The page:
For prose lovers hesitant to embrace another form of writing KatSue Grant of Green has a secret. "Poetry is just playing with words," she says.

For prose lovers hesitant to embrace another form of writing KatSue Grant of Green has a secret. "Poetry is just playing with words," she says.

Grant, 64, is spearheading the revitalization of the Umpqua Valley Poets, hoping to unite Douglas County poets willing to provide inspiration for and critique each other's work. She said she'd love to see membership burgeon once the word is out.

As the Douglas County branch of the Oregon Poetry Association, Umpqua Valley Poets began meeting in 2006. Its members hosted a poetry conference in Roseburg in 2008 that was a great success, Grant said. The effort of putting together the conference caused a decline in membership, however, and the group shut down in the spring of 2009.

Nearly four years later, Grant said she decided to relaunch the group "because now I had the time and needed a new challenge." Grant joined another local writing club, Takin' Care of Business. But she said she wanted to have a group that was dedicated solely to poetry.

"The poetry community is very close and intense," she said. "I want the fringe people to get involved." The group meets at 1 p.m. on the fourth Thursday of each month at a member's house. Activities include studying new poetic forms to develop new skills and broaden horizons, writing off of a given prompt and critiquing and discussing each others' work.

"The monthly meetings will get your juices flowing again," Grant said.

Green poet Tim Rogers, 69, helped restart the group after Grant suggested it because he wanted there to be another outlet for poets. He said he found his love of writing late in life and is enjoying catching up.

"There are other groups in the area but they teach journalism and writing, we want to get people together who want to write poetry," he said.

Rogers helped found the monthly Poets Nights Out at My Coffee and the Wine Experience that started in 2012. Held at 6:45 p.m. on the third Thursday of each month, the gathering is now sponsored by Umpqua Valley Poets. The next Poet's Night Out is Jan. 17.

Participants and visitors can expect an open mic forum in which poets read their pieces for the public. A guest poet also reads five to 10 poems during the evening. The audience then does a call-and-response period with the poet, discussing style and use of form.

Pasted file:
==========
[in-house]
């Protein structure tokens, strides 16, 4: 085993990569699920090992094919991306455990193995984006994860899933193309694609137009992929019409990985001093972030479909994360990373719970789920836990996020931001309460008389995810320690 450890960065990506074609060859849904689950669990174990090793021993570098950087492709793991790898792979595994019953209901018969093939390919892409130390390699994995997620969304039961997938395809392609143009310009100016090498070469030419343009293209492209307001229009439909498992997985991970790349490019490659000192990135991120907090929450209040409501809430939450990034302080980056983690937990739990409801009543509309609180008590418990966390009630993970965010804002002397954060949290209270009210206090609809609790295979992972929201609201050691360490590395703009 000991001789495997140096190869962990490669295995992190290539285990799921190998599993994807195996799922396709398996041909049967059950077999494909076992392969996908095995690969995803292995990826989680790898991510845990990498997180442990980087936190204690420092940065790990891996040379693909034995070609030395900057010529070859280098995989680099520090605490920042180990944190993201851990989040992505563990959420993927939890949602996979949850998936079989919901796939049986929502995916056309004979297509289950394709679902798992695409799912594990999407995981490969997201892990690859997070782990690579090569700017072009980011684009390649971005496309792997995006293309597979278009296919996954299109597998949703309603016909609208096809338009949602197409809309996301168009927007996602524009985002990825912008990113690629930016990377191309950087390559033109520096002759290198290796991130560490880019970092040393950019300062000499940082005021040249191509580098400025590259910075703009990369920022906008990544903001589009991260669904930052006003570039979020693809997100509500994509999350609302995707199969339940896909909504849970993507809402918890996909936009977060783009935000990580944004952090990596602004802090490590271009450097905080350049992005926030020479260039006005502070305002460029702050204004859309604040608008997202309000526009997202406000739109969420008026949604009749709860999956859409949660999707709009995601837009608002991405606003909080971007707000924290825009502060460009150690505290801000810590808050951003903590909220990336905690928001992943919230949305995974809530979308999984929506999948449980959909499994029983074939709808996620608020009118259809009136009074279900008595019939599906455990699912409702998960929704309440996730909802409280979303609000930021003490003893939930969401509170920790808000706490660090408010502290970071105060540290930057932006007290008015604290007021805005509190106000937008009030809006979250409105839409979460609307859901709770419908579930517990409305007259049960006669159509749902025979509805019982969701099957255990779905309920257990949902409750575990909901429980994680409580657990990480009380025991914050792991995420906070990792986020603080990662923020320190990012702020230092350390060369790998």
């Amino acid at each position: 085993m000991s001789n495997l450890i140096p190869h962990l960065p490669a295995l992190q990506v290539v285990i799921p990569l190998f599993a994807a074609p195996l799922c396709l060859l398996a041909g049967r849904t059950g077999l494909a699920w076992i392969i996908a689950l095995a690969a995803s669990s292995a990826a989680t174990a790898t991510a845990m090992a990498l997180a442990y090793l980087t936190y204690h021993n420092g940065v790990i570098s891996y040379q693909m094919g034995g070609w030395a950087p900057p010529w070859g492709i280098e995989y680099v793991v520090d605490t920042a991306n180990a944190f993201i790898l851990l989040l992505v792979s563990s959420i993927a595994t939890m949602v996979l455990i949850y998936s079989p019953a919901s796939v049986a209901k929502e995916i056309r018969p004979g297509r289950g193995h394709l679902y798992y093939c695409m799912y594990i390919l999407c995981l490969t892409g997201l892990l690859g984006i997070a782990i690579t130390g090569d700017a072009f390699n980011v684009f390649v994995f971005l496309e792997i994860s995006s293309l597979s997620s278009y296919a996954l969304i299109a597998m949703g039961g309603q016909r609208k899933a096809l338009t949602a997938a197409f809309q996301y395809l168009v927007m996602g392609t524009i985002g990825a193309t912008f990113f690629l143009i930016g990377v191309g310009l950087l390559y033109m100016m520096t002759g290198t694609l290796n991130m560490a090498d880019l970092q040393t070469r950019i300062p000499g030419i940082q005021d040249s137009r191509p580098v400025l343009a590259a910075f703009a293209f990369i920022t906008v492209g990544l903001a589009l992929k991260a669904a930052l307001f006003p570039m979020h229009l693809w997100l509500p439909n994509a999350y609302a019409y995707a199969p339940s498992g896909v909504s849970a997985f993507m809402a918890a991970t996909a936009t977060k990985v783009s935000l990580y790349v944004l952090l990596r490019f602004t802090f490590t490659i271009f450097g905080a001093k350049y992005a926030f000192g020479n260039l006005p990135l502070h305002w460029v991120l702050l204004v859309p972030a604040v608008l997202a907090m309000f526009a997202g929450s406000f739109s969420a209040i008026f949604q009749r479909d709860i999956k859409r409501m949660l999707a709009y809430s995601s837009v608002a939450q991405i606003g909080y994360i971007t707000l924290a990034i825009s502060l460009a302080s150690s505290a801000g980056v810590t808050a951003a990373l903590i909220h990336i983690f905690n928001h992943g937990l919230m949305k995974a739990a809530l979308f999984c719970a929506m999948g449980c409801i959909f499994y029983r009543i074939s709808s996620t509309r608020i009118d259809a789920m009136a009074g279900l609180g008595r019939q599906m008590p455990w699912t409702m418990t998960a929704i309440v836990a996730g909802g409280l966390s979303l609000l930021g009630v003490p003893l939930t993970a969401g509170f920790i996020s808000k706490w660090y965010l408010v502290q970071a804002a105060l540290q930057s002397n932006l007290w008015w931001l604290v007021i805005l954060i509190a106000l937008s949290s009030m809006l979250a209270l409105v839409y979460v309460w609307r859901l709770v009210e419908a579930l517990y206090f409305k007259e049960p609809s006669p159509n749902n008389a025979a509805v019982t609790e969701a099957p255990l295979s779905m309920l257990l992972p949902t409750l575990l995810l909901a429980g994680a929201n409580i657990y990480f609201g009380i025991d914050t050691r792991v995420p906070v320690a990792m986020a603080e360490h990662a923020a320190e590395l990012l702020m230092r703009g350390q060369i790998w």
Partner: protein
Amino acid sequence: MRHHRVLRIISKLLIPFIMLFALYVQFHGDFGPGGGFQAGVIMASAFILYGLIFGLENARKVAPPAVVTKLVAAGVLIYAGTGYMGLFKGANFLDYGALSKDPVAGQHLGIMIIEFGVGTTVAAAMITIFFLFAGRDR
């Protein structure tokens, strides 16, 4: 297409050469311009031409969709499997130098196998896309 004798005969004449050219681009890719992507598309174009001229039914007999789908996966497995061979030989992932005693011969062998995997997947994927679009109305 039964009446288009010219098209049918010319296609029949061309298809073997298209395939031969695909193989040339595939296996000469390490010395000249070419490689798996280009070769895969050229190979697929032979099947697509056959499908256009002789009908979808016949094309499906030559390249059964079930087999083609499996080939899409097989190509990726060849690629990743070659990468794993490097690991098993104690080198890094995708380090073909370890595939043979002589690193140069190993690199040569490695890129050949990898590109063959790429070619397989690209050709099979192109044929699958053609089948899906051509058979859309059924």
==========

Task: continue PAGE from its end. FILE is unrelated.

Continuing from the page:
The venue holds between 25 and 35 people, Grant said, and is usually full.

"That is amazingly popular for a poetry event that happens every month," she said.

The group also plans to attend poetry events such as the state association conferences, as well as writing seminars at colleges.

Grant said she is inspired to write from the beautiful surroundings in Douglas County.

"I love it because it's so much fun, so creative," she said. "You can write about anything."

Roseburg poet Susan Kay, 57, found her calling in her 40s, which is also when she began writing prose.

She said her favorite part about poetry is struggling to say a lot with a few words.

"I like to describe things; I like to look at my plant and see it in a way different from how somebody else would see it," she said. "You personify things you might not think about." She said she has found encouragement from the group, which plans to put together an anthology of its members' compositions every two years.

Monthly dues are $1 to $4. Attendees do not need to be a member of the state association to join the local group.

The group also will put on the Earth Day Fair poetry contest again this year. That contest is for original poems with earth themes for county residents as young as 6.

An initial meeting of the revived Umpqua Valley Poets drew seven people. Grant said she expects the attendance to rise.

Kay said she plans to keep going to the meetings to continue to improve her poetry.

"The biggest thing is it's come one, come all. No one will discourage someone who is just starting out and doesn't know what they're doing," Kay said.

"Some are professionals, but nobody will ever feel embarrassed by what they bring. The people are great because they want to encourage the other writer."

You can reach reporter Betsy Swanback at 541-957-4208 or email at